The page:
Survey of Energy Resources 2007
Wind Country Notes
It has been found that Ethiopian wind speeds suitable for electricity generation vary across the territory. According to a recent survey, there are several stations with higher than 6 m/s annual average wind speed - the speed generally considered as the minimum necessary for power production. The highest wind speeds measured were in the Mekelle Region at Ashegoda with 8 m/s and Harena 6.84 m/s. Other high wind speed sites were found at Nazareth and Gondar with 6.64 m/s and 6.07 m/s respectively. Wind speeds at around 4 m/s were recorded in Harar, Debre Birhan and Sululta. This work was undertaken in 2005 with the assistance of GTZ of Germany, as part of the TERNA programme (Technical Expertise for Renewable Energy Application). The annual distribution shows a minimum in July and August and two peaks in March and October.
Medium wind speeds of between 3.5 and 5.5 m/s (energy values between 500 and 1 500 Mcal/m2) exist over most of the eastern part of the country and the central rift valley zone. Such winds provide a promising potential for water lifting in the rift valley settlements, where water is scarce both for irrigation and domestic uses. At the present time there are a dozen wind turbines installed by a Catholic Mission in the Meki-Zeway area to pump water for schools and villages.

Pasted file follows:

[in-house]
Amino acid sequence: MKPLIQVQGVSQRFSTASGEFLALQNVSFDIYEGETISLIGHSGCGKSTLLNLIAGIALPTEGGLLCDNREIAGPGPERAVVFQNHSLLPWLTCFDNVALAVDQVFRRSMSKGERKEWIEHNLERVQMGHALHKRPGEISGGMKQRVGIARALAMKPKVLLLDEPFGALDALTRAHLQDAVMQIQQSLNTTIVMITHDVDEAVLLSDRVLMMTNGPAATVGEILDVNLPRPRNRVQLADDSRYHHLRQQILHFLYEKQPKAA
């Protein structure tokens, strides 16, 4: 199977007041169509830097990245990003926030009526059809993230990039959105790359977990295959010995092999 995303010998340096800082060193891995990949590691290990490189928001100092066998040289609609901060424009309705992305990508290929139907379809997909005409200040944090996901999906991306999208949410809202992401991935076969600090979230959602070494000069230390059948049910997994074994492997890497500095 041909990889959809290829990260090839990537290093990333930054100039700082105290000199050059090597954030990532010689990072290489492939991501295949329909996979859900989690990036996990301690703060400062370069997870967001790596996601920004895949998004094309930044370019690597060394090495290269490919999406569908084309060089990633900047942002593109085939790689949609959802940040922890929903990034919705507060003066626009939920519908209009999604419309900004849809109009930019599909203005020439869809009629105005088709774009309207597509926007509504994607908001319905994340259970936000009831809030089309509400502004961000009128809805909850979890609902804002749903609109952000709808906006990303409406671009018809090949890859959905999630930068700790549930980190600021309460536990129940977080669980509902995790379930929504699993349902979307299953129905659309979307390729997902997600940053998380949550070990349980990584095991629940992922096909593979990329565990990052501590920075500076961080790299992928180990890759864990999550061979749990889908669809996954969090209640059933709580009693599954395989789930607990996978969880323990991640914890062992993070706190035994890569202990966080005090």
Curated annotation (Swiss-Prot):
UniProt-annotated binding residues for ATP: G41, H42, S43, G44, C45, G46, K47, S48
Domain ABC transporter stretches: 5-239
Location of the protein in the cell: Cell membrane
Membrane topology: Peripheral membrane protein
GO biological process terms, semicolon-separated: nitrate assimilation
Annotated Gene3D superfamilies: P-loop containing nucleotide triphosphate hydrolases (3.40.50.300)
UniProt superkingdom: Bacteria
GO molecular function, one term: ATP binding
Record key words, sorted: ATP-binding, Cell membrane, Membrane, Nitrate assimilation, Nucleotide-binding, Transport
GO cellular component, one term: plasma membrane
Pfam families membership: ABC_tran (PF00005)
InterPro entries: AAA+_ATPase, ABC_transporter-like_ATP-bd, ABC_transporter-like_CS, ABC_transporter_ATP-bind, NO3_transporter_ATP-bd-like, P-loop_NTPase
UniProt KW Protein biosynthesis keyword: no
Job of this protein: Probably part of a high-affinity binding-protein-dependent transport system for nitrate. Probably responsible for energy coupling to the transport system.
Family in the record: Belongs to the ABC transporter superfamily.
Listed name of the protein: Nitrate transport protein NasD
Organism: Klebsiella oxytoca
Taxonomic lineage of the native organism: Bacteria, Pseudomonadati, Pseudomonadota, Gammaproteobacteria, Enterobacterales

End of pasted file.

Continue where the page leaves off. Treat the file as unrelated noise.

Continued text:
By the end of 2006, the management of the Ethiopian Electric Power Corporation (EEPCO) had decided to construct two parks of approximately 60 MW each for immediate implementation. The first turbine is planned to be online by June 2007 (end of the dry season).